Physician Health

Physician moms: More housework, higher career dissatisfaction

Tanya Albert Henry , Contributing News Writer

More even division of household chores between physician mothers and their spouses or partners—or even outsourcing housecleaning and other tasks—may go a long way in supporting women in medicine, a new study suggests.

Among physician mothers in procedural specialties who report being primarily responsible for five or more domestic tasks—think child-care plans, cooking, grocery shopping, vacation planning, laundry and more—55% say they have a desire to change careers.

That number drops to about 42% when these physicians report being primarily responsible for fewer than five domestic tasks, according to the original investigation published in JAMA Surgery. Procedural specialties included women in surgical specialties and subspecialties, anesthesiology, gastroenterology, and obstetrics and gynecology.

The AMA Women Physicians Section supports women in medicine by monitoring trends like these to identify and address emerging professional issues impacting women in medicine and expanding AMA advocacy on women’s health and women in medicine policy issues.

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Overall, mothers in procedural and nonprocedural specialties report having sole responsibility for most household chores. The study looks at responses from 1,712 attending physician mothers in 2018. Nearly all were partnered or married—99.2%.

The number of tasks physician mothers in nonprocedural specialties were primarily responsible for didn’t impact their desire to change careers. Whether they were expected to handle more than five domestic chores or fewer than five, about 32% of these physician moms had a desire to change careers, the study shows. In comparison, physician mothers in procedural specialties who were responsible for more than five tasks were more likely to express a desire to change careers—55%.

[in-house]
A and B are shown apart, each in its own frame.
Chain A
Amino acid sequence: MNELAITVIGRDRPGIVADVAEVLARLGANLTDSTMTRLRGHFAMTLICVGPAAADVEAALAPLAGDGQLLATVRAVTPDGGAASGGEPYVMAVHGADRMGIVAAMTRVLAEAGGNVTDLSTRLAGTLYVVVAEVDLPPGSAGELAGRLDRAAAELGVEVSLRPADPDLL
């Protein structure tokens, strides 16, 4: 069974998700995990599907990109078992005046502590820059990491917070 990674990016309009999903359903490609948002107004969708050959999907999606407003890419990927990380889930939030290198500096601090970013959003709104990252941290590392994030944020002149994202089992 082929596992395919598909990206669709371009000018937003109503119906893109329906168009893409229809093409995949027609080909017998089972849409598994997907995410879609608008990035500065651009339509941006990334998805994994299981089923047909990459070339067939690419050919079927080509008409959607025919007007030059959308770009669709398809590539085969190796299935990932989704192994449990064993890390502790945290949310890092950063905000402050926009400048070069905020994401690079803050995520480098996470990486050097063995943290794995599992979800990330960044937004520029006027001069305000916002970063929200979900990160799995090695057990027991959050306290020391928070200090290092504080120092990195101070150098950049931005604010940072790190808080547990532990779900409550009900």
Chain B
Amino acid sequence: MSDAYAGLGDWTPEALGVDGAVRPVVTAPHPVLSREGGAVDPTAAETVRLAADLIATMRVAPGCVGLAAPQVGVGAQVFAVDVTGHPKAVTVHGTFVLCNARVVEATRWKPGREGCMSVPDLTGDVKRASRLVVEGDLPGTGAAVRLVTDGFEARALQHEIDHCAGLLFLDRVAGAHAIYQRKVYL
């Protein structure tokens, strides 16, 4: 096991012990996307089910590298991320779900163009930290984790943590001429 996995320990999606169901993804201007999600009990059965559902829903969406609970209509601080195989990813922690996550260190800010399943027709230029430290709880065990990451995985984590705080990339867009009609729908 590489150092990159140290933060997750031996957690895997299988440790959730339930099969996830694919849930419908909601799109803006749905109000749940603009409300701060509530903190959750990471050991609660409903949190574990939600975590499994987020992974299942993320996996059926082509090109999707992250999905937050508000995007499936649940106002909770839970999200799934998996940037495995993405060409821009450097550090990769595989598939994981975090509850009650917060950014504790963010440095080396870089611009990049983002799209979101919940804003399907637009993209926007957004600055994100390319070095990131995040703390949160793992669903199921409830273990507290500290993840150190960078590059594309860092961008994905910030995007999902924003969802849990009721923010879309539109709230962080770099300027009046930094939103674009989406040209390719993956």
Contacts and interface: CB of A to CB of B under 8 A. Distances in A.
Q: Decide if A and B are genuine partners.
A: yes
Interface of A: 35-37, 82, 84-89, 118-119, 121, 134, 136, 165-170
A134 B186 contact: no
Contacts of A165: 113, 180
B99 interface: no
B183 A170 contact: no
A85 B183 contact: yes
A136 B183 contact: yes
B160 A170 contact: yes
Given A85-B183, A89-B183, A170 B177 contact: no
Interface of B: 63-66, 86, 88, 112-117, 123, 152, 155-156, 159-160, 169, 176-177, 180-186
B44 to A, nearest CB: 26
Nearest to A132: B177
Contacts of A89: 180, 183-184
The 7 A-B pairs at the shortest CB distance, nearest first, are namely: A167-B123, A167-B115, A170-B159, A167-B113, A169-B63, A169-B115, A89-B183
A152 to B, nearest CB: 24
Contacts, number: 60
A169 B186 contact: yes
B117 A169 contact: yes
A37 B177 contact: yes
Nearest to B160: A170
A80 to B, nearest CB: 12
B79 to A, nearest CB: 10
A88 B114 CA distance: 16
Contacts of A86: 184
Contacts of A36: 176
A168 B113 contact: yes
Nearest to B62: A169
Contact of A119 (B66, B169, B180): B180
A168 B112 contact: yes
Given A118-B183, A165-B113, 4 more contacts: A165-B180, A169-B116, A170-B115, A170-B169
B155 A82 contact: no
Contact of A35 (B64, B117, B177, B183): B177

“The reasons for this difference are unclear,” the study’s authors wrote. “However, physician mothers who choose what they believe to be a more lifestyle-compatible specialty may be more satisfied when their expectations of their time commitment to parenting and work-life balance is met.”

The study authors noted that their findings help identify key areas where interventions can make a difference for physician mothers. These include:

  • Extending child care services during and beyond working hours.
  • Increasing flexibility in scheduling for male and female physicians.
  • Emphasizing parental leave rather than maternity leave.
  • Allowing fathers to have same scheduling flexibility as mothers to equally participate in domestic responsibilities.
  • Outsourcing domestic tasks, particularly in dual-physician households.

“Above all,” investigators wrote, “a cultural shift is needed in and out of the workplace to view parenting and domestic tasks as shared responsibilities, particularly for dual-career couples.”

In an invited commentary accompanying the study, Julie Ann Freischlag, MD, a vascular surgeon and Wake Forest University School of Medicine dean, explained how she managed a demanding career and domestic responsibilities.

She shared three stories to identify what physician mothers need to focus on: Hiring help for things you don’t want to do; being flexible and doing things your own way, without comparing yourself to others; and listening for feedback from your family and workplace and adjusting.

For example, as a surgical resident before she had kids, Dr. Freischlag hired a housekeeper to clean every other week. When she became chair of surgery at Johns Hopkins, her husband became a stay-at-home father, taking over grocery shopping, cooking and running the household.

And when her son came to some of the many events she was required to attend as the surgery chair, Dr. Freischlag made a deal with him: if there was no kid-friendly food, they would find two pieces of bread and catsup to make a sandwich.

“Years later,” she wrote, “when he was a leader in his fraternity, he called to tell me that his fraternity brothers needed to learn how to compromise and make catsup sandwiches.”

One evening when her then 6-year-old son told her he was “not getting enough care,” she asked what he meant and he told her everyone else’s mom brought snacks in and she had not. “Well, I brought a snack the very next day—easy fix,” Dr. Freischlag wrote.

Dr. Freischlag advised that “flexibility in your work life and home life is the key.”